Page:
Monday, 1 January 2018

A few books and magazines
to read in the holiday season

Some reading during the Christmas season and the New Year holiday (Photograph: Patrick Comerford)

Patrick Comerford

Christmas and New Year are busy times for any priest. But I am also snatching moments of my own for reflection and reading.

What am I reading during this holiday season?

Carlo Rovelli is a theoretical physicist who was born in Verona, has worked in Italy and the US, and now lives in Marseille. The Daily Telegraph has described him as ‘the world’s most inspirational physics teacher.’ His Seven Brief Lessons on Physics, translated into English by Simon Carnell and Erica Segre, became one of the fastest-selling science books ever, selling over a million copies worldwide. It rivals Stephen Hawking’s A Brief History of Time in popularity and in the author’s own Italy it has outsold Fifty Shades of Grey.

Now Carnell and Segre have translated his Reality Is Not What It Seems: The Journey to Quantum Gravity (Penguin, 2017), in which he sets out to introduce us to an exceedingly strange state of things in which there is no such thing as infinity, time as we think we know it does not exist, and the universe is the product not of a big bang but of a big bounce.

Rovelli is one of the intellectual giants in Europe today. A former student activist who was jailed briefly in the 1980s for resting conscription in Italy, he is a journalist, author and a scientist. With Lee Smolin and Abhay Ashtekar, he developed the theory of loop quantum gravity.

Rovelli sets out to bridge between the arts and science, and to explain why an understanding of the world requires some grasp of physics. He outlines key developments in physics from the ancient Greek philosophers and the Roman poet Lucretius to the present day, and describes how physics goes deeper than any other science into the riddle of existence. The laws of physics – gravity, energy, motion – underpin those of chemistry, astrophysics and meteorology combined.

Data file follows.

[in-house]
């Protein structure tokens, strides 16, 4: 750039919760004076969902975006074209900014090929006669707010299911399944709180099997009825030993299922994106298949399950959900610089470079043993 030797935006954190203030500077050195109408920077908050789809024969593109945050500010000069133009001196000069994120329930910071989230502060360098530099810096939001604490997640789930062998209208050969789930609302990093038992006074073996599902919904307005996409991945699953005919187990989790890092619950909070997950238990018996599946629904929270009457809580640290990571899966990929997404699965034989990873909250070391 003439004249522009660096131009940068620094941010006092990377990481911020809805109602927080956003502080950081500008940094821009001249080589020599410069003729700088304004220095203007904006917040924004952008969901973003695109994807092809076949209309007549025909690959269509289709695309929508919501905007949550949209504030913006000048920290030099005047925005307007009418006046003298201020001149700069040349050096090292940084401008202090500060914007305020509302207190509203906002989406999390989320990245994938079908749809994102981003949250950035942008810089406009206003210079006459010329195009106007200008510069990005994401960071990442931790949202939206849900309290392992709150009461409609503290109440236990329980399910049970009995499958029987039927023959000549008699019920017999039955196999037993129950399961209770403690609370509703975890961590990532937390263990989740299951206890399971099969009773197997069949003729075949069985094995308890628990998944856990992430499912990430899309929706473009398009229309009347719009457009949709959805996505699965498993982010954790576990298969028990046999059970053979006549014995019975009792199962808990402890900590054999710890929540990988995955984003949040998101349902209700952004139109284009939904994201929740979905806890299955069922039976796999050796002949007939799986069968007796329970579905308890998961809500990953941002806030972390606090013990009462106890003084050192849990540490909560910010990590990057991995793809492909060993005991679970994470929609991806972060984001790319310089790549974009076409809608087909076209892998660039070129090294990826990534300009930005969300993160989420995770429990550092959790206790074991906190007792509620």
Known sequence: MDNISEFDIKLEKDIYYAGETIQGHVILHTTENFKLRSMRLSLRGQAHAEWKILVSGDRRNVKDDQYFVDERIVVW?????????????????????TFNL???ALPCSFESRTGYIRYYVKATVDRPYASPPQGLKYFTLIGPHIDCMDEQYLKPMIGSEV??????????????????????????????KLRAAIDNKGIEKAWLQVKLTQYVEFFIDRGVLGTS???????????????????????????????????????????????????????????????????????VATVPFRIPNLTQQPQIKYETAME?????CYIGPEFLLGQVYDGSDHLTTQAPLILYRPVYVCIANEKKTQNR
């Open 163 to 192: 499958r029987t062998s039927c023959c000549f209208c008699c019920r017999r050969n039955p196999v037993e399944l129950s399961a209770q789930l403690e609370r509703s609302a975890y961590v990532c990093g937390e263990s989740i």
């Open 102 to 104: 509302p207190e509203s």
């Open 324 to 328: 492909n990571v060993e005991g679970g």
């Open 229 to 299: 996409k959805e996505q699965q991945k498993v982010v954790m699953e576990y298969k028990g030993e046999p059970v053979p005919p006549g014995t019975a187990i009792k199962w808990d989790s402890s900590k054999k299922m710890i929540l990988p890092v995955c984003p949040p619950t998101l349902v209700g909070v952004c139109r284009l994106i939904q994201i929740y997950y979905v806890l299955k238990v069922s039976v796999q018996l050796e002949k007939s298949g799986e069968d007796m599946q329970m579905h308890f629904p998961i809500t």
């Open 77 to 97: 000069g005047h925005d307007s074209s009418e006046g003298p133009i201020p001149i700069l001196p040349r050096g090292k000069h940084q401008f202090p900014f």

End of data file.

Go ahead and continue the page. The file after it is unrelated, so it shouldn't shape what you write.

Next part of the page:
He introduces readers to the thinking of Italian writers from Dante – correcting our thinking about his circles to spheres – Savonarola of Florence and the humanist Poggio Bracciolini to Prino Levi and the pro-Mussolini philosopher Benedetto Croce.

In his chapter on Dante and his conception of paradise and the cosmos, Rovelli writes: ‘Our culture is foolish to keep science and poetry separated.’ He adds: ‘They are two tools to open our eyes to the complexity and beauty of the world.’

This is a book for theologians to read too. Rovelli deals humorously with Augustine of Hippo and sees Galileo as a proto-physicist who tasted the apple of knowledge and was jailed by church authorities for exercising his curiosity. But the search for knowledge is not nourished by certainty: it is nourished by a radical distrust in certainty, he writes in a chapter on loop quantum gravity theory. He argues that scientists who pretend to atheist omniscience are no less intolerant or prejudiced.

In 1927, the Belgian Jesuit-educated priest Georges LemaĆ®tre first developed what became the ‘Big Bang’ theory. This Catholic priest, who discovered that the universe is not fixed but ever-expanding, personifies the modern ‘struggle with curiosity,’ and even what it means to be human.

Science is not and never has been about certainty. ‘Only by keeping in mind that our beliefs may turn out to be wrong is it possible to free ourselves from wrong ideas,’ he writes.

Rovelli’s book has been described as ‘an utter joy’ by the science writer and BBC broadcaster Adam Rutherford, the author of A Brief History of Everyone Who Ever Lived.

Adam Rutherford’s book, A Brief History of Everyone Who Ever Lived (Weidenfeld and Nicholson, 2017) is book explaining the Human Genome Project, but one that should be read by every genealogist.